By Melissa Daniels | PA Independent
HARRISBURG — One of Pennsylvania’s pension funds hedged against the likelihood of a natural disaster on the East Coast, such as Hurricane Sandy.
But it’s too soon to tell how those publicly funded investments will fare.
Earlier this year, PSERS invested $250 million in a portfolio with Nephila Capital. That portfolio covers a range of securities related to reinsurance and weather risk, meant to back insurance companies in the event of a natural disaster.
The highest exposure in that investment involves a southeast hurricane, a northeast hurricane or a California earthquake.
It’s not certain if PSERS’ investment in the reinsurance market, including in a relatively obscure asset known as catastrophe bonds, will result in more pension debt in connection with Sandy’s destruction. That depends on several factors, such as the total cost of damage, how that gets covered, and the specific terms of the PSERS investment in relation to where Hurricane Sandy hit.
Such is the nature of dealing with the weather and securities.
Evelyn Tatkovski, PSERS press secretary, said early indications are that the fund’s reinvestment investments did not incur material losses. That’s partially because the investments are global, taking interest in natural disasters worldwide, not just the U.S., she said.
“Given the geographic diversity of PSERS’ reinsurance investments, this storm’s losses may only impact a small portion of the total reinsurance portfolio,” Tatkovski told PA Independent, “but again it is too soon to tell what the exact impact may be until the actual losses, including the type of losses (i.e. wind, flood, etc.) are determined.”
As of September 2012, the Public School Employees Retirement System has invested $375 million in the reinsurance market, less than one percent of the fund’s total assets. Performance is above 7 percent.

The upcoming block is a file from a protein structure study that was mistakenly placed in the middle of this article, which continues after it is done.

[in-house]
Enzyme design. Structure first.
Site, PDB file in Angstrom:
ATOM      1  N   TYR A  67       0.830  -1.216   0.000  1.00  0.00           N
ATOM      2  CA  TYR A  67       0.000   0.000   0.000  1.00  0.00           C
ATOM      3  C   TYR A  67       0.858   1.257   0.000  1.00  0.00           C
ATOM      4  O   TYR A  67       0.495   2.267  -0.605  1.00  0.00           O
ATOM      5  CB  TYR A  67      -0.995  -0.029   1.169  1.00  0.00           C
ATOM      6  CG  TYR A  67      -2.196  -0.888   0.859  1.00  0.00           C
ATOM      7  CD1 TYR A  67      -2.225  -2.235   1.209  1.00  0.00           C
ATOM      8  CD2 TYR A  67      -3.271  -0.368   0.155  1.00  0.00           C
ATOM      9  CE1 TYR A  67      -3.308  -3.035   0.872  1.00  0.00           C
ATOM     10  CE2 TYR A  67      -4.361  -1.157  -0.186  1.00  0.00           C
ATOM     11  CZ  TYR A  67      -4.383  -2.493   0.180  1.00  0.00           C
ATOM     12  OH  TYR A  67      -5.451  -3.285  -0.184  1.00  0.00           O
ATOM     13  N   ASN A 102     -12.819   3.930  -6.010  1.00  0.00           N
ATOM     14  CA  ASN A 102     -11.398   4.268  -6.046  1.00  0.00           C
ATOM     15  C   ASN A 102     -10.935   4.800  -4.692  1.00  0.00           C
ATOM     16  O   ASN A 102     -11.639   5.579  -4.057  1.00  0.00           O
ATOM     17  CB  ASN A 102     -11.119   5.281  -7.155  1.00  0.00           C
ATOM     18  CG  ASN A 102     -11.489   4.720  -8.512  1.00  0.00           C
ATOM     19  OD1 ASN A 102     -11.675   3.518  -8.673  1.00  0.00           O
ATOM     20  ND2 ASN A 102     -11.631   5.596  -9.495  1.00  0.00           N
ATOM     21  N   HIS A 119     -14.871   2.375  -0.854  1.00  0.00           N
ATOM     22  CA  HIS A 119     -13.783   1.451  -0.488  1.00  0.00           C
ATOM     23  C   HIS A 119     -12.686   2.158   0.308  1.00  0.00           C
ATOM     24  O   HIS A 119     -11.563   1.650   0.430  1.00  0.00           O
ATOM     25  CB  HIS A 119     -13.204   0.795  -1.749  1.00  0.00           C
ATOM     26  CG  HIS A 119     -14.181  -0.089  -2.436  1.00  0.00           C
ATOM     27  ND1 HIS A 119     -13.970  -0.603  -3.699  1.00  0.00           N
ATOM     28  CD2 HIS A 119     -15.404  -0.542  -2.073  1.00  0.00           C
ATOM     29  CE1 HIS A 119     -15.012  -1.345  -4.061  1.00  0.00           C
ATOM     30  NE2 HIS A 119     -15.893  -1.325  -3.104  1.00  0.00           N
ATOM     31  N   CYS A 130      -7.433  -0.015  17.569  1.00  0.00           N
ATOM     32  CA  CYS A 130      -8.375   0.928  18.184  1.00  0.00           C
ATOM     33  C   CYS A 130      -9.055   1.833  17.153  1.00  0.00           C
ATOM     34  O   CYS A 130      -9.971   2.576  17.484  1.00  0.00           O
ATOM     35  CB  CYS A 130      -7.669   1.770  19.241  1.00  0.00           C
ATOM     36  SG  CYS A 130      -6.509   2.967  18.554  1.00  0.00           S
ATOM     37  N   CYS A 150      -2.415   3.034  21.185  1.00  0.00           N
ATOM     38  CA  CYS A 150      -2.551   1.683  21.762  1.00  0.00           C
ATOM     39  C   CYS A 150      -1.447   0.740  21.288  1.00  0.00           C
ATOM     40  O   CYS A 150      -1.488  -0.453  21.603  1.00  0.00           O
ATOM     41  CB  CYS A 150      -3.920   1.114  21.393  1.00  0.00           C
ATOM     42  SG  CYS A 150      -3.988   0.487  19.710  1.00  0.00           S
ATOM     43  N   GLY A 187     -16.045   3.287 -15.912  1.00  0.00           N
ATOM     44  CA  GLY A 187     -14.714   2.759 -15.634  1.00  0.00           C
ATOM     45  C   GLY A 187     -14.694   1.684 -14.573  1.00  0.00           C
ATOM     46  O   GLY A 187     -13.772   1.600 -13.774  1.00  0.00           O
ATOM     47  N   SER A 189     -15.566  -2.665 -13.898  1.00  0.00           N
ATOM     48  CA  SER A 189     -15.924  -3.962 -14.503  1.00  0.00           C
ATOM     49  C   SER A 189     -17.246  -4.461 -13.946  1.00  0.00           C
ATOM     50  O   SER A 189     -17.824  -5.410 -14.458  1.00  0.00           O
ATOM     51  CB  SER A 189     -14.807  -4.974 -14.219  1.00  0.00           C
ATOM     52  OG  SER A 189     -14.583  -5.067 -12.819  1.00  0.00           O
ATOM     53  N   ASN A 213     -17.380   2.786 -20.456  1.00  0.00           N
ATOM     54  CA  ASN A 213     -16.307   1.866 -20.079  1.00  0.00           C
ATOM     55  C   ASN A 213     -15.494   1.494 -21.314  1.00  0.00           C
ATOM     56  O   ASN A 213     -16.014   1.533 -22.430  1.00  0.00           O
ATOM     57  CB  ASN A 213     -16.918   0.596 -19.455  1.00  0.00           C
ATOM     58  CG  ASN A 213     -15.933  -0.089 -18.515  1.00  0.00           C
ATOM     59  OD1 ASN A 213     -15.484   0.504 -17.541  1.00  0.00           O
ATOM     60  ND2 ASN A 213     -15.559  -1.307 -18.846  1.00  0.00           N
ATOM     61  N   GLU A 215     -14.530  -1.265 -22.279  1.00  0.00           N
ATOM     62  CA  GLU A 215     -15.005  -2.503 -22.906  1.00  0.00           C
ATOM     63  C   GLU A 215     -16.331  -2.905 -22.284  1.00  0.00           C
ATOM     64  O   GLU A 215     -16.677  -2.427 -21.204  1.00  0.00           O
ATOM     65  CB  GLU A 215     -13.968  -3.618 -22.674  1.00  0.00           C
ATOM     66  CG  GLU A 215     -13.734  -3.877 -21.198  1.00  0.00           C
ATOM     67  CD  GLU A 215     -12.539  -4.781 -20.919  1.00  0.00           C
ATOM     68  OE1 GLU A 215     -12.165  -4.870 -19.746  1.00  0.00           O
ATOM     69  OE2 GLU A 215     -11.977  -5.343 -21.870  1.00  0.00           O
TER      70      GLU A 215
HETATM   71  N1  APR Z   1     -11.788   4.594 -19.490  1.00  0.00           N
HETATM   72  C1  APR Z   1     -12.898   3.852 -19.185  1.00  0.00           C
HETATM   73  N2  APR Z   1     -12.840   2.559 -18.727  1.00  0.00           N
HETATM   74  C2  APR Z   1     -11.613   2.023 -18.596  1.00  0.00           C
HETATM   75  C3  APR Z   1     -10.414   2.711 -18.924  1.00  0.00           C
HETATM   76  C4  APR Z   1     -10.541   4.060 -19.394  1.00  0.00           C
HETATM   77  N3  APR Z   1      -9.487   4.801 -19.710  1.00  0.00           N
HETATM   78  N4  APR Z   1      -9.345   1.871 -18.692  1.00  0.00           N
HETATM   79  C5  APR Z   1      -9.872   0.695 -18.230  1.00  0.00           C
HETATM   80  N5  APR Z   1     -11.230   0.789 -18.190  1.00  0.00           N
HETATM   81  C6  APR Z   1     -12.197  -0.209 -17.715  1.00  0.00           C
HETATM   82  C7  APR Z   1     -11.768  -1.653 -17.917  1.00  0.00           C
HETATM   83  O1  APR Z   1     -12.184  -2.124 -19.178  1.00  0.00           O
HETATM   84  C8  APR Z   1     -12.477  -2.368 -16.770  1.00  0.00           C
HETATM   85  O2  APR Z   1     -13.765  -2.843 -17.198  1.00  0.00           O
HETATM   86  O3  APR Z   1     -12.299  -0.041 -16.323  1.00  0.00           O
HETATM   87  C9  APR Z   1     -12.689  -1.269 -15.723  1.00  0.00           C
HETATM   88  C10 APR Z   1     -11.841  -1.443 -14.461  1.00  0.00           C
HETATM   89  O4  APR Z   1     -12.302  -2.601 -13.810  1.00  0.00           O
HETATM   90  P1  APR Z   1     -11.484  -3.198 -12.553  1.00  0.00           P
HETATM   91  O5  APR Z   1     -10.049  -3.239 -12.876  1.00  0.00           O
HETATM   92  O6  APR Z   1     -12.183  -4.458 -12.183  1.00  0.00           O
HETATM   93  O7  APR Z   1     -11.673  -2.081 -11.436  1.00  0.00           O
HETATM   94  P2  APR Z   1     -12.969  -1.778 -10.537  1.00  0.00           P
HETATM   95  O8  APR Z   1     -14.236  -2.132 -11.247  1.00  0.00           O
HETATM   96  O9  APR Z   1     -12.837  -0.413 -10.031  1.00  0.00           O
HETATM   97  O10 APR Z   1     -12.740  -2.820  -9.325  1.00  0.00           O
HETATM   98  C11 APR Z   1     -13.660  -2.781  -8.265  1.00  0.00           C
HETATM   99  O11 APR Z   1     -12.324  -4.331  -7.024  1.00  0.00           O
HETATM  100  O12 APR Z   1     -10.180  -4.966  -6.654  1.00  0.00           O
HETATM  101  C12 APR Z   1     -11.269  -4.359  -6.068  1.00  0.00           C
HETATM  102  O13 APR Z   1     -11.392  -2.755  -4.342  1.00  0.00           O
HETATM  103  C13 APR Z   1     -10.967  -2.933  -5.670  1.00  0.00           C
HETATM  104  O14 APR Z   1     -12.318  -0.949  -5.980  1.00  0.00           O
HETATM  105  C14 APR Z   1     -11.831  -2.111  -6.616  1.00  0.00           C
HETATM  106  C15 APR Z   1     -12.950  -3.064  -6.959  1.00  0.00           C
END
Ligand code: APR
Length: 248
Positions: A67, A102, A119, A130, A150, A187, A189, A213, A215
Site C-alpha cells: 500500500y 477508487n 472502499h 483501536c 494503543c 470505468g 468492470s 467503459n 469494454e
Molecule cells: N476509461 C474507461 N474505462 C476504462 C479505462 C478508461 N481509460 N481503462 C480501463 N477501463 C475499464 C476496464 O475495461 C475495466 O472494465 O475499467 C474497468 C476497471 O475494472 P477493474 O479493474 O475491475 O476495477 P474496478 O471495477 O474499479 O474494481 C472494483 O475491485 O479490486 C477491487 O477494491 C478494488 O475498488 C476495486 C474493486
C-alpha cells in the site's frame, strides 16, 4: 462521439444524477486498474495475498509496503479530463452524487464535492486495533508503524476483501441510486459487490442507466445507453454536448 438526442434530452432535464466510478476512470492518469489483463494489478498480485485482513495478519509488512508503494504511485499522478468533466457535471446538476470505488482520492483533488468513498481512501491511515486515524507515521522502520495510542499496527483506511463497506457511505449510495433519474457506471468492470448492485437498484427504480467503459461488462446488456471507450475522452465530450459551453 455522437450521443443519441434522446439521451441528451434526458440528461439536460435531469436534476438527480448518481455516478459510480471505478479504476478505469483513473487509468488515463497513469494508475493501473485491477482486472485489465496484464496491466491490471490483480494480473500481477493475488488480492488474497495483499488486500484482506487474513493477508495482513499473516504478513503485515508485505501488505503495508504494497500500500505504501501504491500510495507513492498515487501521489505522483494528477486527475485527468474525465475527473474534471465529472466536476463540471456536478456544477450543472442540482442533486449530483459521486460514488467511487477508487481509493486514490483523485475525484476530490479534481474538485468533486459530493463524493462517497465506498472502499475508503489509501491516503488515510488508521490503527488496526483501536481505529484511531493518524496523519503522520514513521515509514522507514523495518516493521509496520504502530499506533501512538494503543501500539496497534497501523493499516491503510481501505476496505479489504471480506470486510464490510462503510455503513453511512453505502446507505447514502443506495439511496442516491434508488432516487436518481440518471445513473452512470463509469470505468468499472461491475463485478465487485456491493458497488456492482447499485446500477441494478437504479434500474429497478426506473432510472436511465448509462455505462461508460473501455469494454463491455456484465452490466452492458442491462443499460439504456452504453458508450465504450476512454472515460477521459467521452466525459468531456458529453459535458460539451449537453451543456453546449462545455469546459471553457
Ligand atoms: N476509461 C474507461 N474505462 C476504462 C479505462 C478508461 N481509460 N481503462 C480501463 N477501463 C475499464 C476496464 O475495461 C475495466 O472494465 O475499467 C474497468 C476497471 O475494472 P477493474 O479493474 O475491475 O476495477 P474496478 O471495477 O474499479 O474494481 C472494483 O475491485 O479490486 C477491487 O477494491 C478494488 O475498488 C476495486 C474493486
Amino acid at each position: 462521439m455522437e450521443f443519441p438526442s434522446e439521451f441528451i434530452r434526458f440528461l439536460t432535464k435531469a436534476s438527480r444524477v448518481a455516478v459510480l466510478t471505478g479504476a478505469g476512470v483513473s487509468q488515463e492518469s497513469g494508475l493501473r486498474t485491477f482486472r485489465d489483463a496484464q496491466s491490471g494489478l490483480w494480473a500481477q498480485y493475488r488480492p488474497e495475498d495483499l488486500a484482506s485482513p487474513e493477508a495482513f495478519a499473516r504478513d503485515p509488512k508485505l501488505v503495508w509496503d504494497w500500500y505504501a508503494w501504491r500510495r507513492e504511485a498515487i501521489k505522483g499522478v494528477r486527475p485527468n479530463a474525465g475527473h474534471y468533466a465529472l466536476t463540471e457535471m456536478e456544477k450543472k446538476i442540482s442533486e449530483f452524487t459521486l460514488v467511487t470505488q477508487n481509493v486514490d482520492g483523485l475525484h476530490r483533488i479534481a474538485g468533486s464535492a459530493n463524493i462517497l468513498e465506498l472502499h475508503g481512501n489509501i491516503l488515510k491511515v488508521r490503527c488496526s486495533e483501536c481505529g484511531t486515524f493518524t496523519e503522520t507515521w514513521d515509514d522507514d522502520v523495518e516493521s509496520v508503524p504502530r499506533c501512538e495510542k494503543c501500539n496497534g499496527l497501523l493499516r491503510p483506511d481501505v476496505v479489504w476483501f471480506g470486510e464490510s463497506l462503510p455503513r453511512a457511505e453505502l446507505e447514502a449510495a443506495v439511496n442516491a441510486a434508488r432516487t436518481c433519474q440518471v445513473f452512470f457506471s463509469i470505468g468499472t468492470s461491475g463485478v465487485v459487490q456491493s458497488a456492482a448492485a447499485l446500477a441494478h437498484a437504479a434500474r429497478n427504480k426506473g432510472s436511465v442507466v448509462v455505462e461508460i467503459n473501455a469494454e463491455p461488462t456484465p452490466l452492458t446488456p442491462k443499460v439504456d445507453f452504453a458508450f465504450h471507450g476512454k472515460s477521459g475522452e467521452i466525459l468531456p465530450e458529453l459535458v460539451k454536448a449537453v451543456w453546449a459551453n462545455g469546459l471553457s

Tatkovski said reinsurance typically covers wind damage, and not flooding, which is typically backed federally. Because of that, a storm like Sandy may not end in a loss for the investors.
“For example, if a hurricane comes ashore as a Category 1, causes minimal wind damage but causes significant flooding damage, reinsurance funds generally don’t reinsure these risks and therefore may have no exposure,” Tatkovski said.
Nephila, where PSERS invested this summer, is a Bermuda-based investment manager that specializes in reinsurance securities. One form of that is a catastrophe bond, or cat bond, a type of security that reimburses insurers after they incur major losses in a natural disaster.
The objective is to maintain a “geographically diversified portfolio of remote catastrophe risk (low expected loss, high industry loss).” According to a presentation from Nephila, the fund has a target net return of 8 percent to 10 percent over time, and 10 to 12.5 percent in the first year.
The portfolio had $387 million in assets under management before Pennsylvania invested, according to the presentation.
Despite the obscurity, cat bonds are attractive to investors in the sense that risks and returns aren’t connected to the volatility of the rest of the financial marketplace.
Instead, risks are connected to Mother Nature.
Nephila’s managing director, Barney Schauble, sat down with OpalesqueTV, an online news service dedicated to covering the alternative investment sector, in an interview released earlier this year. In that interview, Schauble said investors often consider their weather-related investments as a separate asset class, because they are not directly attached to traditional markets.
That reaffirms the importance of something like this in an investor’s portfolio, he said.
“Larger market moves in financial markets, positive or negative, won’t spill over directly in this area, and that was certainly proven for our investments in 2008 or 2009,” Schauble said.
Rick Dreyfuss, a senior fellow with free-market think tank Commonwealth Foundation, said most public pension funds are diversifying their portfolios with different types of asset classes.
But he questioned the stability of the weather-related investments, and the losses the state could experience if a catastrophe occurs.
“I would like to think that there is another way to achieve the same diversification objectives through other means that would provide, in my opinion, less risk,” Dreyfuss said.